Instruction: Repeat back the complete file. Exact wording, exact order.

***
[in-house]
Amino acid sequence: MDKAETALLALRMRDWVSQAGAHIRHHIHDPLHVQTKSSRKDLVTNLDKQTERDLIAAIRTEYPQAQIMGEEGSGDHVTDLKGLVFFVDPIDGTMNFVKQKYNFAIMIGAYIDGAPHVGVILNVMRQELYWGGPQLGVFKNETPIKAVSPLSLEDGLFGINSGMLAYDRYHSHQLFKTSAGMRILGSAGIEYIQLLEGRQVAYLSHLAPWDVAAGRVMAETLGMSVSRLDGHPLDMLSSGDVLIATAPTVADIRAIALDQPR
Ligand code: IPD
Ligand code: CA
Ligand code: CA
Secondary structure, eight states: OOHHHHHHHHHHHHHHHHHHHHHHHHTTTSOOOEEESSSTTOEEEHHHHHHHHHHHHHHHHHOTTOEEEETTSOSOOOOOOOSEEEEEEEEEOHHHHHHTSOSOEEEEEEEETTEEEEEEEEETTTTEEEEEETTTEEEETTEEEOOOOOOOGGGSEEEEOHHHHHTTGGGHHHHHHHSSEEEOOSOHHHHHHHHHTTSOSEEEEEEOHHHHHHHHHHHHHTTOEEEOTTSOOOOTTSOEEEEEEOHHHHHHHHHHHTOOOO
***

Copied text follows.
[in-house]
Amino acid sequence: MDKAETALLALRMRDWVSQAGAHIRHHIHDPLHVQTKSSRKDLVTNLDKQTERDLIAAIRTEYPQAQIMGEEGSGDHVTDLKGLVFFVDPIDGTMNFVKQKYNFAIMIGAYIDGAPHVGVILNVMRQELYWGGPQLGVFKNETPIKAVSPLSLEDGLFGINSGMLAYDRYHSHQLFKTSAGMRILGSAGIEYIQLLEGRQVAYLSHLAPWDVAAGRVMAETLGMSVSRLDGHPLDMLSSGDVLIATAPTVADIRAIALDQPR
Ligand code: IPD
Ligand code: CA
Ligand code: CA
Secondary structure, eight states: OOHHHHHHHHHHHHHHHHHHHHHHHHTTTSOOOEEESSSTTOEEEHHHHHHHHHHHHHHHHHOTTOEEEETTSOSOOOOOOOSEEEEEEEEEOHHHHHHTSOSOEEEEEEEETTEEEEEEEEETTTTEEEEEETTTEEEETTEEEOOOOOOOGGGSEEEEOHHHHHTTGGGHHHHHHHSSEEEOOSOHHHHHHHHHTTSOSEEEEEEOHHHHHHHHHHHHHTTOEEEOTTSOOOOTTSOEEEEEEOHHHHHHHHHHHTOOOO